Are we returning to the office full-time? Or do we want to keep working from home most of the time? Research on this topic shows contradictory results. However, most of the research suggests there’s probably more excitement among younger people to head back to the office, compared to older people. For Gen Z, who don’t have the responsibilities of families—and haven’t had the chance to live the working life they thought of and fantasized about during college—the office, as a concept, remains appealing (21.5%).
For Gen Z workers some of the most exciting perks about a job are the company culture, socializing with coworkers, and finding a mentor they really connect with. If these expectations are not met, young workers may struggle to remain engaged, according to research (20.9%) by employee platform Ten Spot.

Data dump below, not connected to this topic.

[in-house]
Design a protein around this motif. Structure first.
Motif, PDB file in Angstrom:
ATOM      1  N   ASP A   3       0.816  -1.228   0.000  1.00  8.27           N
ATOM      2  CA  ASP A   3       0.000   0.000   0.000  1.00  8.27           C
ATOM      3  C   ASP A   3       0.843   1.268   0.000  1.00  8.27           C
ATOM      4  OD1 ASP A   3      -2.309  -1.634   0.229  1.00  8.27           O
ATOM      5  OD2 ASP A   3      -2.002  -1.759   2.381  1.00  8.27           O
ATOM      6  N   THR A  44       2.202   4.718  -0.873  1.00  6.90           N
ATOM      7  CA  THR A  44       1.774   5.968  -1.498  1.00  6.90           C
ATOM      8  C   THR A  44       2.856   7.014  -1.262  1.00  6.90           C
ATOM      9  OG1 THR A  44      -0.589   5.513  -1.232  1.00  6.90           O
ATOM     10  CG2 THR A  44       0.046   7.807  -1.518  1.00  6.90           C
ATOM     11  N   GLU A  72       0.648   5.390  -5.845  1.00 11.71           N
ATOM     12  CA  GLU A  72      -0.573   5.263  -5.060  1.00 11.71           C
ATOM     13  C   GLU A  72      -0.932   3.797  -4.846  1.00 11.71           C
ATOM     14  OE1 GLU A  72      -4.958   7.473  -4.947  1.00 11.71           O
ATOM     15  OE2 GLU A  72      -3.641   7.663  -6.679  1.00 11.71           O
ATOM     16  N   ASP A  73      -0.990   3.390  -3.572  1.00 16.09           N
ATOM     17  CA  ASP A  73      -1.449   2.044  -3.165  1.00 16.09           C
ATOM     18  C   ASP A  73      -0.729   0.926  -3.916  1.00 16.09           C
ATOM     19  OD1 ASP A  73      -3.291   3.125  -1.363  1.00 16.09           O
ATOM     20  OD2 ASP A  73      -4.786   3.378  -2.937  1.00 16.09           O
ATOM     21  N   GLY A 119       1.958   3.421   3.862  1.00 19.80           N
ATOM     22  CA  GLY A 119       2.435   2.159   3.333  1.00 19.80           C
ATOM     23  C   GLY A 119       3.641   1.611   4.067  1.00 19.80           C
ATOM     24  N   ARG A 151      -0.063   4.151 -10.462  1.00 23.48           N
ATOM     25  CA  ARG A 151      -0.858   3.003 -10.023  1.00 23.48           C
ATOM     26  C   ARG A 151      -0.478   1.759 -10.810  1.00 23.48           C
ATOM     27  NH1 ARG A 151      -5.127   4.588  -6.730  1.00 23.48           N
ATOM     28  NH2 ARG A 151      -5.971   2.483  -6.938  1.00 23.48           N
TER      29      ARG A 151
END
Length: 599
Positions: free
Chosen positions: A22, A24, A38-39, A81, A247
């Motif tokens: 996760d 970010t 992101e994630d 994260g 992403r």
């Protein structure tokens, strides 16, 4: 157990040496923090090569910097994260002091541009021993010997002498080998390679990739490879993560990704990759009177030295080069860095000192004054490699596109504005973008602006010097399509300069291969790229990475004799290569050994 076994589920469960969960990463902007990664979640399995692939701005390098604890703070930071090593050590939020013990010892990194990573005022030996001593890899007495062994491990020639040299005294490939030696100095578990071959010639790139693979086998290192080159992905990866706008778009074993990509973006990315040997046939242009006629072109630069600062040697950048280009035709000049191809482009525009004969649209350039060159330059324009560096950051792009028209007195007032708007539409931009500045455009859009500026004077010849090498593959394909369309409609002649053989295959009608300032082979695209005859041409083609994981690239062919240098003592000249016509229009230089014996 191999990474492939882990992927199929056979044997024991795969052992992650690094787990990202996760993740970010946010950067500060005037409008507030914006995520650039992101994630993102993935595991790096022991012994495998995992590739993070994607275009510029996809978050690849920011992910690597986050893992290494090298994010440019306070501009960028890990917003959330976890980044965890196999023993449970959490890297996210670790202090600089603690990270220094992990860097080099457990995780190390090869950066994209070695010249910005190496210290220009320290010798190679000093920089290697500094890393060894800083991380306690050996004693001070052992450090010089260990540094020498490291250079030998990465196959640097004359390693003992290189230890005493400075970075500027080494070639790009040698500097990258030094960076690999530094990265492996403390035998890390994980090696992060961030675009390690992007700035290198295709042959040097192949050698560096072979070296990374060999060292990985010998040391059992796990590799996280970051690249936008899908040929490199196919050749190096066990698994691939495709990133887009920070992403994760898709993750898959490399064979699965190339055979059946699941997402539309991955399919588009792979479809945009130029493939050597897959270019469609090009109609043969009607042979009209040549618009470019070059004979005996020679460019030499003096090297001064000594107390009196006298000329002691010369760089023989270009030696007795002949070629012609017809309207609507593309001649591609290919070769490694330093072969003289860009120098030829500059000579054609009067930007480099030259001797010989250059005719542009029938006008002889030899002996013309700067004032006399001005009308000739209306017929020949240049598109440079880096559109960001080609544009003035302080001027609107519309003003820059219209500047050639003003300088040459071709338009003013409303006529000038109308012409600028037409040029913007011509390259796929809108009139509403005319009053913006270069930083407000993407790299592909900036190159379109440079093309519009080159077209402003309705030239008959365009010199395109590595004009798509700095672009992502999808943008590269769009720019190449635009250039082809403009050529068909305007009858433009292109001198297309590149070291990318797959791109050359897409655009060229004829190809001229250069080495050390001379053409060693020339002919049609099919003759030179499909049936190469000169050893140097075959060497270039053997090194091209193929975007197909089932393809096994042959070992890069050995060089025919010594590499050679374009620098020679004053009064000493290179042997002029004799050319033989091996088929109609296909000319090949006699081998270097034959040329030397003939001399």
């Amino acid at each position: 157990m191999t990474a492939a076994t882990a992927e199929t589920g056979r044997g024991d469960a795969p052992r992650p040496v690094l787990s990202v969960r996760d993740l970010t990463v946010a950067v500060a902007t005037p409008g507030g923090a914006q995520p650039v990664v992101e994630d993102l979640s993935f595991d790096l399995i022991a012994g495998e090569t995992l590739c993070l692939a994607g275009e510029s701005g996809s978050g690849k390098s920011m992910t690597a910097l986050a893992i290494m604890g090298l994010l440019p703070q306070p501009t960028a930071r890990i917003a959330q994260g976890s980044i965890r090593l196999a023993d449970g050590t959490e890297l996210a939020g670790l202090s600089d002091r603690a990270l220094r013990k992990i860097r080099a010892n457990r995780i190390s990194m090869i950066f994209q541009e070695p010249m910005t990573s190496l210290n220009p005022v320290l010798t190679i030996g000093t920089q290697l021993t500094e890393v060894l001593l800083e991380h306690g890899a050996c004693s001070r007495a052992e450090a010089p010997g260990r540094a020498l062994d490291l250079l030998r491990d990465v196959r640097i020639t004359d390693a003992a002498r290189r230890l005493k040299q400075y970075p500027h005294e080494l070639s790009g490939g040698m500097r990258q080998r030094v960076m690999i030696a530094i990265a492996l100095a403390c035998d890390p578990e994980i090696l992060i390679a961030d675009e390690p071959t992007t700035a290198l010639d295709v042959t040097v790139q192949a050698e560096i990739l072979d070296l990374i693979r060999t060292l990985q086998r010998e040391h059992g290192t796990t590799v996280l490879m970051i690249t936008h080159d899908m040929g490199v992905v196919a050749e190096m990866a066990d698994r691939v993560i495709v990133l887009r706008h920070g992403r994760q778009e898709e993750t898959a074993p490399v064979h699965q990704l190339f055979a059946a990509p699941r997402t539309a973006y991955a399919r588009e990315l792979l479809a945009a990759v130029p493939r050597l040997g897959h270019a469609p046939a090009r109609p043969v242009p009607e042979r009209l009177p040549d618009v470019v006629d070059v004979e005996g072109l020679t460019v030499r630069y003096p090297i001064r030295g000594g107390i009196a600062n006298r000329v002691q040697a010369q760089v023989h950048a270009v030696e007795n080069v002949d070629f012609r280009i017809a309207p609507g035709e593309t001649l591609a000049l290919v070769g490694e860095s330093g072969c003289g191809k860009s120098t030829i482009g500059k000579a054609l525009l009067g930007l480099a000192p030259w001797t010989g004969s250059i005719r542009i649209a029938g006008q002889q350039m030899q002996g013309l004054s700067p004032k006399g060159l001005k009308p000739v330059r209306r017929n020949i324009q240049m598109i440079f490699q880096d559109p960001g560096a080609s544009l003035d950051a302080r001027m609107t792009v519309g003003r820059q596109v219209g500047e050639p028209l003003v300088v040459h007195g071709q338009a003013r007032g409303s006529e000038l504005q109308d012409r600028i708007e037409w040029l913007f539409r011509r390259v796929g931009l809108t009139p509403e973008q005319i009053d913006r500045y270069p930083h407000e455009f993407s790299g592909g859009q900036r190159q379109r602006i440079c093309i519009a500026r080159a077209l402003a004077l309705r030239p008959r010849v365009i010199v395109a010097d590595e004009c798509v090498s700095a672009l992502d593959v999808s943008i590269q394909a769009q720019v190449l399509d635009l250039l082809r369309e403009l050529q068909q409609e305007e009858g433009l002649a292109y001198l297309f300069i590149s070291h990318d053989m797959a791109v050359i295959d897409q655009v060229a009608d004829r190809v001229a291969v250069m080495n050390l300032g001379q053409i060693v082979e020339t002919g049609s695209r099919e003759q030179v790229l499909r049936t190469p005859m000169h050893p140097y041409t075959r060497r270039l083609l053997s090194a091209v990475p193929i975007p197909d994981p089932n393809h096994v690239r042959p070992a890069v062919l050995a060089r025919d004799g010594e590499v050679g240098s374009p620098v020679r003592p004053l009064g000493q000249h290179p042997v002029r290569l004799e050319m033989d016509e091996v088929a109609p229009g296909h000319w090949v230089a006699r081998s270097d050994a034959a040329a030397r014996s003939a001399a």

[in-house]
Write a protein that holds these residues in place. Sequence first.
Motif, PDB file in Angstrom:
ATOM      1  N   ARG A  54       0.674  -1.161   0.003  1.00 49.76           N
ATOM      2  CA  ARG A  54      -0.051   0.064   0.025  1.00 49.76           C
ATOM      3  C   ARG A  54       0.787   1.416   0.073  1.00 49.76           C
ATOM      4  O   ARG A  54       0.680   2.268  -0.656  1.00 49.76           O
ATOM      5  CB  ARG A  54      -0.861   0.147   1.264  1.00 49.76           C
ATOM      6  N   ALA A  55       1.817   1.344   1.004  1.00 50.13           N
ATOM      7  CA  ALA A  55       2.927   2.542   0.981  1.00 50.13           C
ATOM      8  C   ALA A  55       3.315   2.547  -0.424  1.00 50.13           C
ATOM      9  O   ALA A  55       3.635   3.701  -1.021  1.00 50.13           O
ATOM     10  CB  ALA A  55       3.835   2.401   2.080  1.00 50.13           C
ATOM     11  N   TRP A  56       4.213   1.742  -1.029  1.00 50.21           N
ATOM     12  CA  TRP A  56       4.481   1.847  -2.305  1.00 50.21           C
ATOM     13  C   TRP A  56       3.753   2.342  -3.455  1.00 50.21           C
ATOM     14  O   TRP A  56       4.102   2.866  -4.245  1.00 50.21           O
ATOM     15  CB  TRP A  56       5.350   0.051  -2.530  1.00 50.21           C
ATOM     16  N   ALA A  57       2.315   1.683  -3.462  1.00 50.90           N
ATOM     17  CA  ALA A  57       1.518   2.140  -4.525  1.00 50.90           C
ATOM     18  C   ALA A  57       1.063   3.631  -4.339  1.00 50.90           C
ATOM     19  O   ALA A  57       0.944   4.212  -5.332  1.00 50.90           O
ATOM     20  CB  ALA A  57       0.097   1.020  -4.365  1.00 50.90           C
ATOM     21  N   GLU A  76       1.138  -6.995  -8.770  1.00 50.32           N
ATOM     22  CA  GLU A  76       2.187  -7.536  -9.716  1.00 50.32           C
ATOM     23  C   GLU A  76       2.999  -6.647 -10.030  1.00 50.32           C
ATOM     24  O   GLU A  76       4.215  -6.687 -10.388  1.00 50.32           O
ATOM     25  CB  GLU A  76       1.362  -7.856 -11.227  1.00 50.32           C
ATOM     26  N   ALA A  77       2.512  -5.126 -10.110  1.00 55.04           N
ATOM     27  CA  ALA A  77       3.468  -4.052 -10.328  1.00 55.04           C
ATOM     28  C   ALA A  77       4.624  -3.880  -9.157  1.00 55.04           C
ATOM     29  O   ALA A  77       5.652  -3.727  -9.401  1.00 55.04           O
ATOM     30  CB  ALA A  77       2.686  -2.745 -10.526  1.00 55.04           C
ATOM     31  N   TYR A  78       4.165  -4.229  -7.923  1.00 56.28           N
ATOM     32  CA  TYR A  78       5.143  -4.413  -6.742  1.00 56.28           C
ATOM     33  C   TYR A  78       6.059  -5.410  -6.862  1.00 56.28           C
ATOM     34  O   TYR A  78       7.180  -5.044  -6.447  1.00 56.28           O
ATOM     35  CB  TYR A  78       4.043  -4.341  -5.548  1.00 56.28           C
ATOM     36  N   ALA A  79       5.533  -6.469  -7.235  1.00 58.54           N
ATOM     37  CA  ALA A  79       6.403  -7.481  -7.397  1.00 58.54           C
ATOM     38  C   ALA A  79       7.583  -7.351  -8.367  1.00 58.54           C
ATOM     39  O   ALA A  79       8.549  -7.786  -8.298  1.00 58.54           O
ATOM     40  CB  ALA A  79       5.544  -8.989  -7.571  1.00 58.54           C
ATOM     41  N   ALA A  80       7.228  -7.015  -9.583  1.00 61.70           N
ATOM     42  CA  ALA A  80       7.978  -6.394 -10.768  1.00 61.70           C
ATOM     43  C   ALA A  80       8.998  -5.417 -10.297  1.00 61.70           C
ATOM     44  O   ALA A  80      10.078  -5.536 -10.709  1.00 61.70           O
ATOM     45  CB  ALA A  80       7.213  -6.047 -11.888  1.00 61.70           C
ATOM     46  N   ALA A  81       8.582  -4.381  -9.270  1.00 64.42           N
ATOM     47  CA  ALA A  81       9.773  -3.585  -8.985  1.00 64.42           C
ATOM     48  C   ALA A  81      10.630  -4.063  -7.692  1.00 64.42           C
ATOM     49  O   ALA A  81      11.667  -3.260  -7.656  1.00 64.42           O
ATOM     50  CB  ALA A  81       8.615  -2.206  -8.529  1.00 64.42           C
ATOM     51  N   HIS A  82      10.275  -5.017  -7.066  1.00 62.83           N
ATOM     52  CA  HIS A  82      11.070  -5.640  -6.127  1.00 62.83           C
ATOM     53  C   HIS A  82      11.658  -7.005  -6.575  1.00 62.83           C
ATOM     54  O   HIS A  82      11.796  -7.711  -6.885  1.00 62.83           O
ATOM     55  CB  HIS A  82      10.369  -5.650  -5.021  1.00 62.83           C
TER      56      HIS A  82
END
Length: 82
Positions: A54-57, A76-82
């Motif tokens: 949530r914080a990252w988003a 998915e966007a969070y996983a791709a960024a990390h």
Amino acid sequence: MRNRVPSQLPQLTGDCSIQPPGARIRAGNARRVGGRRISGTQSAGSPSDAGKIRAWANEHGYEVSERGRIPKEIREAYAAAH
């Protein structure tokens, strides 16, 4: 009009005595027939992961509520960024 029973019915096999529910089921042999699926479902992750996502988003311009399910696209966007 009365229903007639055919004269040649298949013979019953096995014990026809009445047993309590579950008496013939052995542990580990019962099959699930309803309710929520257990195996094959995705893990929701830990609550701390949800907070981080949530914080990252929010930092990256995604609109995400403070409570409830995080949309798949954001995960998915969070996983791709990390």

People are social animals and have a deep need for qualitative connections. Mainly young employees, who already experience loneliness (11.6%), and who might be more dependent on work for social interactions as they don’t have a relationship (11%) yet, the office might be an important place for them to connect with others. We’re very curious to see if, in the future, offices will be designed more with the aim to socialize and connect with colleagues instead of a place to work.